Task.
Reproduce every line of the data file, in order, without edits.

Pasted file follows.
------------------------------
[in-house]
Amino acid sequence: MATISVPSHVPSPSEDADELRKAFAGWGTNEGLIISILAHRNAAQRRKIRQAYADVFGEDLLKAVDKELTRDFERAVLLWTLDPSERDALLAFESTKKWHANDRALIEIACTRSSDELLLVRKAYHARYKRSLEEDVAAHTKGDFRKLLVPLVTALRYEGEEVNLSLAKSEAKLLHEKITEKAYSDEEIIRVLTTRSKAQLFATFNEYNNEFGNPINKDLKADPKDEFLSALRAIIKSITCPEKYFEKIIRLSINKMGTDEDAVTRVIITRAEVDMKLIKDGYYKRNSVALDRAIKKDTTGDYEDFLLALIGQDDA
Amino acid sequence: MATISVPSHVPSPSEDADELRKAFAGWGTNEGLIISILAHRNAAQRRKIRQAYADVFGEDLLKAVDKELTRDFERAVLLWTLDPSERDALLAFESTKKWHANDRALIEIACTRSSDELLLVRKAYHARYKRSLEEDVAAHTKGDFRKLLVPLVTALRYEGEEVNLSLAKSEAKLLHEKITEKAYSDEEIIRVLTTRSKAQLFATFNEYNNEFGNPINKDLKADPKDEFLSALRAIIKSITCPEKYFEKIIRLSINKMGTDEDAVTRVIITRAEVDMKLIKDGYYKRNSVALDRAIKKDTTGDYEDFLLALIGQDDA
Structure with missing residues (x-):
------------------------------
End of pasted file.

[in-house]
Amino acid sequence: MATISVPSHVPSPSEDADELRKAFAGWGTNEGLIISILAHRNAAQRRKIRQAYADVFGEDLLKAVDKELTRDFERAVLLWTLDPSERDALLAFESTKKWHANDRALIEIACTRSSDELLLVRKAYHARYKRSLEEDVAAHTKGDFRKLLVPLVTALRYEGEEVNLSLAKSEAKLLHEKITEKAYSDEEIIRVLTTRSKAQLFATFNEYNNEFGNPINKDLKADPKDEFLSALRAIIKSITCPEKYFEKIIRLSINKMGTDEDAVTRVIITRAEVDMKLIKDGYYKRNSVALDRAIKKDTTGDYEDFLLALIGQDDA
Amino acid sequence: MATISVPSHVPSPSEDADELRKAFAGWGTNEGLIISILAHRNAAQRRKIRQAYADVFGEDLLKAVDKELTRDFERAVLLWTLDPSERDALLAFESTKKWHANDRALIEIACTRSSDELLLVRKAYHARYKRSLEEDVAAHTKGDFRKLLVPLVTALRYEGEEVNLSLAKSEAKLLHEKITEKAYSDEEIIRVLTTRSKAQLFATFNEYNNEFGNPINKDLKADPKDEFLSALRAIIKSITCPEKYFEKIIRLSINKMGTDEDAVTRVIITRAEVDMKLIKDGYYKRNSVALDRAIKKDTTGDYEDFLLALIGQDDA
Structure with missing residues (x-):